Brushing the Dust Off

I live in Portland and I’m surrounded by artists. Painters, poets, musicians, shamans, dancers, blacksmiths, bakers, clothing designers, woodworkers. Friends who shape and reshape their world of contemplation, history and future, hurt and joy, and make an invitation of their love in motion.

Some friends created an art gallery in their garage, called 1122 Gallery, and it’s wonderful. They host artists and great opening parties, and there are readings of poems and other pieces, and wine, and cheese, and kids playing in the grass.

Recently the AWP was in Portland, and the friends at 1122 hosted a bonanza of readings in relation to it. Folks from all over the country came to the mic and offered their voices, while the walls held the great art of Stacy Elaine Dacheux.

All of this is to say that I’m so grateful to be surrounded by people who are doing such exciting work, and the sheer radiance of it pierces the haze around my own practice and inspires me to to dive back in.

So, here I am again, sending a few words at a time into the ether. Perhaps some of this will organized around my work. And some of this will be in service of honoring others’ work. I haven’t posted here in years, but I’m going to offer two posts back to back, if the rusty gears of my wordpress can handle it.

The first one, this one, will end by letting you know that my friend Melissa Reeser Poulin is a fantastic poet who recently published a fantastic book of poetry called Rupture, Light.

My second post, coming in a few minutes, will be my review and reading of that book.

These words don’t exist in darkness – thank you for offering them light. 

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Practicing Lucidity

One of the assignments for the Catholic and Orthodox Christianity Module at the Chaplaincy Institute, where I’m still a seminarian, was to practice one of the Christian forms of prayer. I opted for Father Thomas Keating’s Centering Prayer with a sacred word. One selects a word as symbol for consenting to Divine presence and action within, then brings it into sitting in silence. I invoked the word repeatedly over the course of a week. Below is the text that emerged, interspersed with photographs I took while I was in Rome one year earlier.

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Lucidity

I am here in the sounding dark. I am the presence and the void. I am the flame and the velvet black. I lead you into form and offer you the gift of formlessness. I am close as the embers in your chest and vast as the fires of the night sky.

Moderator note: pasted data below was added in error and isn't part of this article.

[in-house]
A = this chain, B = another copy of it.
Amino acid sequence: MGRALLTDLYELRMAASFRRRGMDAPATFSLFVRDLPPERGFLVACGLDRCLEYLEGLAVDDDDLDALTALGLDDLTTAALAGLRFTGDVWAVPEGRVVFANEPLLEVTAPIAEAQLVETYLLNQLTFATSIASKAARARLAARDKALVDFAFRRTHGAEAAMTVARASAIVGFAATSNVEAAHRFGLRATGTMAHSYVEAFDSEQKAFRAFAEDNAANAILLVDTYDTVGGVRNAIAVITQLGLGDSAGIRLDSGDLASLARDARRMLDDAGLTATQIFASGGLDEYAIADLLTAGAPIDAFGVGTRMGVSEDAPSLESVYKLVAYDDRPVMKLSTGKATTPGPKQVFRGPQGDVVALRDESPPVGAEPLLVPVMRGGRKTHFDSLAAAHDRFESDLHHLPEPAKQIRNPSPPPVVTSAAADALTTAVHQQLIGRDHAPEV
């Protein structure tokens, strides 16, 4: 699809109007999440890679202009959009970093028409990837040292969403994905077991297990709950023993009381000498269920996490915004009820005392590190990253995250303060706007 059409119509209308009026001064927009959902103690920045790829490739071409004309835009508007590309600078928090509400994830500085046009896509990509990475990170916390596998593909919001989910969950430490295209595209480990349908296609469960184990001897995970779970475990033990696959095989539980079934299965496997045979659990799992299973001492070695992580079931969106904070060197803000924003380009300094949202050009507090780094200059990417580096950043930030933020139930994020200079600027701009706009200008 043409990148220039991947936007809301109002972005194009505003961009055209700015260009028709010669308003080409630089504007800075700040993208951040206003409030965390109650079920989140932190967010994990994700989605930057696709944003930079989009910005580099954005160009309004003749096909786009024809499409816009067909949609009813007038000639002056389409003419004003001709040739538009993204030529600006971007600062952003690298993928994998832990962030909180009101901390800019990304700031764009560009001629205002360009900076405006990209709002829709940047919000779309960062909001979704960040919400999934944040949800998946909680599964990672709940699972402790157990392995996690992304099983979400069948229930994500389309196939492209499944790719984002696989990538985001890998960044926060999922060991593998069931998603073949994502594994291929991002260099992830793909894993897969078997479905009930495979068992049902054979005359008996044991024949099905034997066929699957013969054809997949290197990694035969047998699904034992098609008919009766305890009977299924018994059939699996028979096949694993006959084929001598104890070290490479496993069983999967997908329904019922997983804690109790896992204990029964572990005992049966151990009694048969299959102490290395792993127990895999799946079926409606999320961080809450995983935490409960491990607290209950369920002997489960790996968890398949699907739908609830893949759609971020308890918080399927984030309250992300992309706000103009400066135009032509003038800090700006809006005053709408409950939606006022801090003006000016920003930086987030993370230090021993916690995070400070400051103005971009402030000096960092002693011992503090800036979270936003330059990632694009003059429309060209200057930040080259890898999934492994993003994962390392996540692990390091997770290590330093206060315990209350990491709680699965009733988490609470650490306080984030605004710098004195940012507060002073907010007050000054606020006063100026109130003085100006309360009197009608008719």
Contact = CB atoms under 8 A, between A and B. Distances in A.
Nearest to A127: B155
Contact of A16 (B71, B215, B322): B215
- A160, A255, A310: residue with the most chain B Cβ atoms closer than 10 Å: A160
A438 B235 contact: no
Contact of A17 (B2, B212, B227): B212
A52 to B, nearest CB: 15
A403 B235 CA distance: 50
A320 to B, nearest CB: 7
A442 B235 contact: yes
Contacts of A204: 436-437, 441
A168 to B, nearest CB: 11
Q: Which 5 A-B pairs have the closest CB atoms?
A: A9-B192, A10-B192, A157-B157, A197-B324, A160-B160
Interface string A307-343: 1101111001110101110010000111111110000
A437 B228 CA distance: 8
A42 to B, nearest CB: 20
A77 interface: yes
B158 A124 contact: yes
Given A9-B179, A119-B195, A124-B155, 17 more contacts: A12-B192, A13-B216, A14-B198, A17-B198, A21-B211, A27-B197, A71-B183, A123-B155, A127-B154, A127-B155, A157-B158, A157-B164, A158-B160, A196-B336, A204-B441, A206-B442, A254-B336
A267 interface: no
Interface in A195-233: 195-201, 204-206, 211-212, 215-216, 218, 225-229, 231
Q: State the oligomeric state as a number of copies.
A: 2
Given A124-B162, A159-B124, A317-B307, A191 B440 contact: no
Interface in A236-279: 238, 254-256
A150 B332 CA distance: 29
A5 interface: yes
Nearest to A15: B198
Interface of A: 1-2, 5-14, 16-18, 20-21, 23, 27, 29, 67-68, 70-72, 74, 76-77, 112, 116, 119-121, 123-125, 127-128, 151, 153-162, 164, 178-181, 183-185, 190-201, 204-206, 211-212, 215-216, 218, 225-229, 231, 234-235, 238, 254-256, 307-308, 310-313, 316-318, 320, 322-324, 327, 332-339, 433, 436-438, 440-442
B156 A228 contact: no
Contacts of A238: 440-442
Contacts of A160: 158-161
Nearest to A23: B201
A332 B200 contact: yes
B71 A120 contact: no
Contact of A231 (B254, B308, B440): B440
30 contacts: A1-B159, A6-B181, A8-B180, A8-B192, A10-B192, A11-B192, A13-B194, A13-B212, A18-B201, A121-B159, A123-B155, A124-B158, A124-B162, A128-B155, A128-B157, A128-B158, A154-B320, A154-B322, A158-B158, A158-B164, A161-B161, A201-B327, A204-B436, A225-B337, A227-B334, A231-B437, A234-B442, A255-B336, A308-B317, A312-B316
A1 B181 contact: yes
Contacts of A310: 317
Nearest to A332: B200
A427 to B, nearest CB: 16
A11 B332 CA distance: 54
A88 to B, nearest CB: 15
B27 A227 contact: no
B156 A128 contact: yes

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I anchor this moment, I make it a ruby woven into your robes, I mark it on the body of your life. You sit and call and your wings open from your shoulders and your crown wears its gold and your body hums and you will be here whenever you desire, beyond the fleeting cruelty of time. You call this moment companion, and name it thus: the mountain towering above you, holding you in its embrace of snow; the fire murmurs and tells stories to your blood; your love beside you, sharing your table and bed and going out with you into the swirling white. You are here in love, now and evermore.
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You ask to be the vessel and so you are. From deck to mast strung with golden chains, you ply the night seas, luminous. Your bow stirs moonlight, your breath fills the sails. You are honored and captain. Angels alight on the deck, they wear the garland roses you bestow. Your word sends a wave of intention. The lion head emerges from your chest and the billion stars remind you, you are no small thing.

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Thank you for dipping my wings in gold. Thank you for placing the crown on my head, that I may bow to serve.

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Be with the man blessed with such pain. He sits in the gravel edge of his voice, he wears thunderheads of bitter mistake and self-hatred but today he’ll speak to you of angels and when you lay hands upon his furrowed brow he’ll soften into the sunlight of his smile. His pain is yours and yours, his. You are each portal to the other.
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This is my home, the water moving in air, the spill of oak hills down toward frigid sea. I know what’s out there, beneath the blanket of grey. I’ve walked here for a thousand lives.

I’m on fire with my life. I’m the wheel in my chest, luminescent spokes spinning off sparks.